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Case Basics
Docket No. 
DaimlerChrysler AG
Barbara Bauman et al.
Decided By 
(for the petitioner)
(Deputy Solicitor General, Department of Justice, for the United States as amicus curiae, supporting the petitioner)
(for the respondents)
Facts of the Case 

The workers and relatives of workers in the Gonzalez-Catan plant of Mercedes Benz Argentina, a wholly owned subsidiary of German-based DaimlerChrysler AG ("the company"), sued the company for violations of the Torture Victims Protection Act of 1991. They argued that, during Argentina’s “Dirty War” of 1976-1983, the company sought to punish plant workers suspected of being union agitators and worked with the Argentinean military and police to do so by passing along information and allowing the plant to be raided. The plaintiffs also argued that the company stood to gain from these actions as they ended strikes and allowed the plant to continue operating at maximum production levels.

The plaintiffs sued the company in district court in California, where some of the company’s major subsidiaries are located under the Alien Torts Act, and the company moved for dismissal based on a lack of personal jurisdiction. The district court granted the motion for dismissal and held that the company did not have enough contacts in California to warrant a California court exercising jurisdiction. The U.S. Court of Appeals for the Ninth Circuit reversed the decision and held that it is reasonable for a California court to have jurisdiction over a multinational company that is capable of litigating the case regardless of the location and has pervasive business contacts in the state.


Can a court exercise jurisdiction over a foreign company based on the fact that a subsidiary of the company acts on its behalf in the forum state?

Decision: 9 votes for Daimler AG, 0 vote(s) against
Legal provision: Alien Tort Statute; Torture Victim Protection Act of 1991

No. Justice Ruth Bader Ginsburg delivered the opinion for the 9-0 majority. The Court held that the company’s slim contacts in California, relative to its other national and international contacts, are not sufficient to render it “at home” in the state for the purpose of general jurisdiction. Because the company had so little connection to California and this suit had nothing to do with the company’s conduct in the state, to allow the district court to adjudicate such a case would grant the courts essentially global reach as long as the foreign company in question did any business with the state. The Court also held that subjecting the company to this suit would not be in line with the “fair play and substantial justice” standard the Due Process Clause of the Fourteenth Amendment demands.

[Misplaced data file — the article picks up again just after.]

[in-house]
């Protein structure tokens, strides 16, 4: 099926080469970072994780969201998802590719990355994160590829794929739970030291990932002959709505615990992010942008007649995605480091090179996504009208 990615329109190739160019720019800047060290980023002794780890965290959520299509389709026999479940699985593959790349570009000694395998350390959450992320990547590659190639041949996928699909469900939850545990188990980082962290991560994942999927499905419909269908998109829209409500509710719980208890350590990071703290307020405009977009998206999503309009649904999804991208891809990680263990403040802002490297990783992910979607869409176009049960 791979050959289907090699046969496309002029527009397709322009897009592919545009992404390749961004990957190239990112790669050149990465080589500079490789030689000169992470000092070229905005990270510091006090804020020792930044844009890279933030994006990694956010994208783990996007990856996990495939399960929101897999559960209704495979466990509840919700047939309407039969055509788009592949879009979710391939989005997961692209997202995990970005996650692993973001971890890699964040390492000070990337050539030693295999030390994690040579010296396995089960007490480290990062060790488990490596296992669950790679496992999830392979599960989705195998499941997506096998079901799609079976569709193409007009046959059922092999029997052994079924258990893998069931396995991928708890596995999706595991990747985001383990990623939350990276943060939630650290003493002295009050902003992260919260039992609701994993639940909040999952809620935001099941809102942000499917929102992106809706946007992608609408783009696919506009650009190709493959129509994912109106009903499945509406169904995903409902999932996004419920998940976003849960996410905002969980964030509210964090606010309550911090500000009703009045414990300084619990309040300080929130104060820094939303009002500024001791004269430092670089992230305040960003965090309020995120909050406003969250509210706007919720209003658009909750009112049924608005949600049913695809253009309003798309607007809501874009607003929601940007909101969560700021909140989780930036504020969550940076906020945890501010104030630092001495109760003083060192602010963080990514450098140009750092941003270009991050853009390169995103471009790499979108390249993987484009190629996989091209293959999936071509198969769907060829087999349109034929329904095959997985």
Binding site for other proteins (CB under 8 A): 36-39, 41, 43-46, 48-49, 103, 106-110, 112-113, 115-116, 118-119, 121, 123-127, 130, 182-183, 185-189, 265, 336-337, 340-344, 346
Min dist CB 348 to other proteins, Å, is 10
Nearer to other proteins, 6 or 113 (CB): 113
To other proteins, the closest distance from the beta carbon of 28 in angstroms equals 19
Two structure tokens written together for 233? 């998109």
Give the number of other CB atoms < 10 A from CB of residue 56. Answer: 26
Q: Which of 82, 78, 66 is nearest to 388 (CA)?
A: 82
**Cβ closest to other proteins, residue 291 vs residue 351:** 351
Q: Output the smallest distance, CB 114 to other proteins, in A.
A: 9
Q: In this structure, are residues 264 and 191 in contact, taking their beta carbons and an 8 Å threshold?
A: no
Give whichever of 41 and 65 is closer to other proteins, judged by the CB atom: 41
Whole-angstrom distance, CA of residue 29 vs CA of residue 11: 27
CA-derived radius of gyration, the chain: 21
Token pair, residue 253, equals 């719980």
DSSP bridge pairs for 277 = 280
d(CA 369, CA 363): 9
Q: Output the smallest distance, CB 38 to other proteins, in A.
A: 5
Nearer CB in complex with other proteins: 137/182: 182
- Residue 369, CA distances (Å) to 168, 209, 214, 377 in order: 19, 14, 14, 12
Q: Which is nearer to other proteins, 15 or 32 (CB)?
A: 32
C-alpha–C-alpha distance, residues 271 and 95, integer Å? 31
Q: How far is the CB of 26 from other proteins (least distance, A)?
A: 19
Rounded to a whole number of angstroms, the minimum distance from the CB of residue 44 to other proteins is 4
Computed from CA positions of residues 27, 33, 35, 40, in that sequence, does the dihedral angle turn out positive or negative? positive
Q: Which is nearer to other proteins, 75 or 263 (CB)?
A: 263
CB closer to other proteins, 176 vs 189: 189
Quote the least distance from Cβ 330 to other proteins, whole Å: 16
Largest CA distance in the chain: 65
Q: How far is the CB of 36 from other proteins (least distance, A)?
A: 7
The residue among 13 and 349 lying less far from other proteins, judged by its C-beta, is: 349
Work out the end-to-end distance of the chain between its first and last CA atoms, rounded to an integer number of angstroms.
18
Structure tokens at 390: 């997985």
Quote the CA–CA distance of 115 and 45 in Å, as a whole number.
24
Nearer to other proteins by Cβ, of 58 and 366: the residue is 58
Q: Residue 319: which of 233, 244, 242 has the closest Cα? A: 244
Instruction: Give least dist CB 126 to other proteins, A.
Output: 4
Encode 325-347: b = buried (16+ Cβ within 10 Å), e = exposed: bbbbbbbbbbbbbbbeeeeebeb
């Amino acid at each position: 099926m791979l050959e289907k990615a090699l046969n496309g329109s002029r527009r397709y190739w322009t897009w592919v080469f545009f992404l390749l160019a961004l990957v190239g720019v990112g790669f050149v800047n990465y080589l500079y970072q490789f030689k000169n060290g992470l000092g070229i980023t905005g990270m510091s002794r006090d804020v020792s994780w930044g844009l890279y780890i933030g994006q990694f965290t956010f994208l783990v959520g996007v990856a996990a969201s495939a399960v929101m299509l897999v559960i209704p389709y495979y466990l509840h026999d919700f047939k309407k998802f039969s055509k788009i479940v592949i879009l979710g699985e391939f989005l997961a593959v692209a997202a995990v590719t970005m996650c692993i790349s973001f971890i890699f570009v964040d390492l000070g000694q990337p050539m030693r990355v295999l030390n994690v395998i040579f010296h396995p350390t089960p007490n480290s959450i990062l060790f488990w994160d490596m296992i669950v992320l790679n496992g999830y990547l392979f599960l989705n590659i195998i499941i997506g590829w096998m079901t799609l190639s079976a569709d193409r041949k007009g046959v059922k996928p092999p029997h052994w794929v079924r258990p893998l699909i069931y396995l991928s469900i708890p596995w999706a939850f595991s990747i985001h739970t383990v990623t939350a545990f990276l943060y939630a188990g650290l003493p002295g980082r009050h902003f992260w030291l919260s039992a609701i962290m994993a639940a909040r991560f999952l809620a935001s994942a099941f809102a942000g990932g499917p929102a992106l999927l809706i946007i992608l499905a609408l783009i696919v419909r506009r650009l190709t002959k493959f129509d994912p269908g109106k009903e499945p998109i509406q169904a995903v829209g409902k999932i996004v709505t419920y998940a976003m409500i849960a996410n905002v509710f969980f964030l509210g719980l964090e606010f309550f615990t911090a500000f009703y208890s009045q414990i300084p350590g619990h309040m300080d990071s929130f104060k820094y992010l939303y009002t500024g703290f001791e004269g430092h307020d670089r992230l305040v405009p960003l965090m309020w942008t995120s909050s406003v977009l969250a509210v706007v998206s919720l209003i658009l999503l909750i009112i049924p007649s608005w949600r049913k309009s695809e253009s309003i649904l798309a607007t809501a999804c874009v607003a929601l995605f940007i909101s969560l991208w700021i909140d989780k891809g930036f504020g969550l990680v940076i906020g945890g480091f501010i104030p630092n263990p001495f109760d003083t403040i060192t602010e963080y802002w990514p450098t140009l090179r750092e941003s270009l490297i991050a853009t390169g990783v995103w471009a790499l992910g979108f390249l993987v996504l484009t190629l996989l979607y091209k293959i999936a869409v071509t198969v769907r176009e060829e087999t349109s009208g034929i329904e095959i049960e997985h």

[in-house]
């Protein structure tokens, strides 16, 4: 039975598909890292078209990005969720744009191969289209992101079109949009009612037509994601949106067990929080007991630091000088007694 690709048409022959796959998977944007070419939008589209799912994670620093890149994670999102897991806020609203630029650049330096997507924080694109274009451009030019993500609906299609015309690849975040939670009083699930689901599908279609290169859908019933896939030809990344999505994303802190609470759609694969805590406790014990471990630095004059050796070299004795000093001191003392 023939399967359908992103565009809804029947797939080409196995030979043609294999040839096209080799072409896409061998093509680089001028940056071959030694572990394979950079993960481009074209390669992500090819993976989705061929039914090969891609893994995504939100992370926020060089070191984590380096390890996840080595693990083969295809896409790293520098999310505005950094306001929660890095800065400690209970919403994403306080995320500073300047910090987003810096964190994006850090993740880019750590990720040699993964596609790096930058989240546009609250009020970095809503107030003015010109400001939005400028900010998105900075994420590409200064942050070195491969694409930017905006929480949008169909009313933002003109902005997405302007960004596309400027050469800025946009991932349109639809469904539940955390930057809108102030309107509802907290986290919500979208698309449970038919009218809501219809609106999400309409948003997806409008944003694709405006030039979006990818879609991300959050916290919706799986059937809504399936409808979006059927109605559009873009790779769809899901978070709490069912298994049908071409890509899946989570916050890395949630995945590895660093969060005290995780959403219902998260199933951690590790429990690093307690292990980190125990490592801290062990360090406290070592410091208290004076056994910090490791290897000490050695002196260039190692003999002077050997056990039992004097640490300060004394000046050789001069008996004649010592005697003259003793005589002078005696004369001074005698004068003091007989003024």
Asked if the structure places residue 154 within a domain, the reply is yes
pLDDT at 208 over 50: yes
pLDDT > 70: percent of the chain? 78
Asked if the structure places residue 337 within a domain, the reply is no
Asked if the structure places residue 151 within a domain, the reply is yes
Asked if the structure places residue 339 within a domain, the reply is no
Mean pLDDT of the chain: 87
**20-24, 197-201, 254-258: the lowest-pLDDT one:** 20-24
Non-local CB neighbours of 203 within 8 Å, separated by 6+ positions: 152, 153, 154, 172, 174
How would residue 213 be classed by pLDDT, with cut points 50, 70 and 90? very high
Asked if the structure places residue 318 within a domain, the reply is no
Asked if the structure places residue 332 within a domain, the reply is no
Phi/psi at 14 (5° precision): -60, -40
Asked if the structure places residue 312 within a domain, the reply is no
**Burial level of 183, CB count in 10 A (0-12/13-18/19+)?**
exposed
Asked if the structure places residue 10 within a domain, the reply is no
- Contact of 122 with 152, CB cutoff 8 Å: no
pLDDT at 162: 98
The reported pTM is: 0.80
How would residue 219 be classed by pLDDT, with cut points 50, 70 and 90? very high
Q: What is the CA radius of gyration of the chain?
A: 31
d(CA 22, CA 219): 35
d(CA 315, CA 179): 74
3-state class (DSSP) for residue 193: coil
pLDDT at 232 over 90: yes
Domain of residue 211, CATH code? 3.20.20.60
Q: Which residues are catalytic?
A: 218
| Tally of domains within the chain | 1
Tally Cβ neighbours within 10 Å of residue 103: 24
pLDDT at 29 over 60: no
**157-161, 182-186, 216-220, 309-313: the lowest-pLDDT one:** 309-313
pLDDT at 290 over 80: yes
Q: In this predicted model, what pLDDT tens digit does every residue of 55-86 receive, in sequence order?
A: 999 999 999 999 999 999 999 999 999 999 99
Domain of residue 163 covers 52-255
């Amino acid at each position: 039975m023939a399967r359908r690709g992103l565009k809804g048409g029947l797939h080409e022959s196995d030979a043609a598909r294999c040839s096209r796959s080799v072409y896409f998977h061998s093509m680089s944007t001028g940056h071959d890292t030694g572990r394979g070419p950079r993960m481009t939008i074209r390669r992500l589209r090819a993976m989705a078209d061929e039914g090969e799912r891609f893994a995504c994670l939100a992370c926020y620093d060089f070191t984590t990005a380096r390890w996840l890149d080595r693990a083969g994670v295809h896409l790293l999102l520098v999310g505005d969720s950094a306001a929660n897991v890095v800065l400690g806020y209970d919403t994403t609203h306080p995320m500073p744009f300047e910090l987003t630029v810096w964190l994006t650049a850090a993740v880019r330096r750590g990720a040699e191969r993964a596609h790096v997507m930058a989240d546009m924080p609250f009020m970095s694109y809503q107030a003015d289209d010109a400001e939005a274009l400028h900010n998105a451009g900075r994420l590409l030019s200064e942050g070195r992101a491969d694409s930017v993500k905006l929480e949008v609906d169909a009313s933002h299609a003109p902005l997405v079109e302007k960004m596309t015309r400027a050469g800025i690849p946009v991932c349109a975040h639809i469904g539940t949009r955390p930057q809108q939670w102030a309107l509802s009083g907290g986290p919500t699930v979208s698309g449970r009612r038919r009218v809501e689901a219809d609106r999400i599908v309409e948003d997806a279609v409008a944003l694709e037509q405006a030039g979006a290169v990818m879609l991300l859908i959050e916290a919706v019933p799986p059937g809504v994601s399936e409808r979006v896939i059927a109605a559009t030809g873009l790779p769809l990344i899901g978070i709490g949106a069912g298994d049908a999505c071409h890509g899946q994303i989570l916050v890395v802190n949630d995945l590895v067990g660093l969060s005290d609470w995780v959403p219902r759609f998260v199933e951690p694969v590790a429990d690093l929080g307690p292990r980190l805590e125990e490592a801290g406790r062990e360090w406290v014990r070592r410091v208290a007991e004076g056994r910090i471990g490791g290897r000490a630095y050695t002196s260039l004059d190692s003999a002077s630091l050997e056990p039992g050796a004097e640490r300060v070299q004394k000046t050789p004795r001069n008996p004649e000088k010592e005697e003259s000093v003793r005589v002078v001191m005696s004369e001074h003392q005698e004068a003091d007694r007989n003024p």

In her opinion concurring in the judgment, Justice Sonia Sotomayor wrote that the majority opinion ignored due process and jurisdiction precedent by basing the decision on the company’s contacts outside the state rather than inside. She argued that such a case should be decided based solely on whether a company has sufficient contacts within the state to establish jurisdiction, without considering those contacts in relation to a larger company presence. Because this case dealt with foreign plaintiffs suing a foreign company for actions committed abroad, California jurisdiction should be considered unreasonable without the analysis of the majority opinion.

Cite this Page
DAIMLERCHRYSLER AG v. BAUMAN. The Oyez Project at IIT Chicago-Kent College of Law. 29 August 2015. <http://www.oyez.org/cases/2010-2019/2013/2013_11_965>.
DAIMLERCHRYSLER AG v. BAUMAN, The Oyez Project at IIT Chicago-Kent College of Law, http://www.oyez.org/cases/2010-2019/2013/2013_11_965 (last visited August 29, 2015).
"DAIMLERCHRYSLER AG v. BAUMAN," The Oyez Project at IIT Chicago-Kent College of Law, accessed August 29, 2015, http://www.oyez.org/cases/2010-2019/2013/2013_11_965.